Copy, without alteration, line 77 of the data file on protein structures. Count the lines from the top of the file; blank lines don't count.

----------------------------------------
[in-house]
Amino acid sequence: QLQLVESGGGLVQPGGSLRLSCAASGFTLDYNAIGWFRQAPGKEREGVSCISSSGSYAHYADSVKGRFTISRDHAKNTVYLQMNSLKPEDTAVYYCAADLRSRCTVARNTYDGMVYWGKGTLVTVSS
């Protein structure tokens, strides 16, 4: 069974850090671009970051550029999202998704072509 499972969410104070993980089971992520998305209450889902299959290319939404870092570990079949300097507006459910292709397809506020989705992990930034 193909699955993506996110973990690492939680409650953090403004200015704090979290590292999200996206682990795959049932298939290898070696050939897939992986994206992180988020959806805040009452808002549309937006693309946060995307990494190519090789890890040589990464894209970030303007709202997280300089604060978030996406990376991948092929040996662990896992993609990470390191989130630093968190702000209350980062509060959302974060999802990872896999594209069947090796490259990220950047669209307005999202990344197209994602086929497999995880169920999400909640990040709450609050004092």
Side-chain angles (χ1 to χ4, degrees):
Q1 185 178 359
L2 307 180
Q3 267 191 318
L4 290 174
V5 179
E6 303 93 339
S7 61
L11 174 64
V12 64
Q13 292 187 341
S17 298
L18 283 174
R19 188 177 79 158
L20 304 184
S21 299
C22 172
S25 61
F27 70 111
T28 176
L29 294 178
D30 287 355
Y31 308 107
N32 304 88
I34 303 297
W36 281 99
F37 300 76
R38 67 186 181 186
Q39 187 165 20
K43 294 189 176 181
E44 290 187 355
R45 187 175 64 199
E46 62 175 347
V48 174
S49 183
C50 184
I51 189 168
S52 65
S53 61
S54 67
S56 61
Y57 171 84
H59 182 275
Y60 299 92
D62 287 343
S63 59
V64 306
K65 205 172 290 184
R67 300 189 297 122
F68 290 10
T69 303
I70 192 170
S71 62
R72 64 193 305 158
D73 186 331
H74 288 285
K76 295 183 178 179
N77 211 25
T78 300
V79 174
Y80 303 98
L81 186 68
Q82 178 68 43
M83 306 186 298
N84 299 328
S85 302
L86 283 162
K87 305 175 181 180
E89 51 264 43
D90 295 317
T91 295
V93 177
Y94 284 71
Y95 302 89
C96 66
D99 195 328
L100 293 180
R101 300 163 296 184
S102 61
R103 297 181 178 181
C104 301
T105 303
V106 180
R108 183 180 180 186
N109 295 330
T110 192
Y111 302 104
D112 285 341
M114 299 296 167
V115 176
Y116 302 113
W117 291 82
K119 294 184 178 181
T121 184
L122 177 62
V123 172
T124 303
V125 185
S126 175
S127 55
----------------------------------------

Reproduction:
Y95 302 89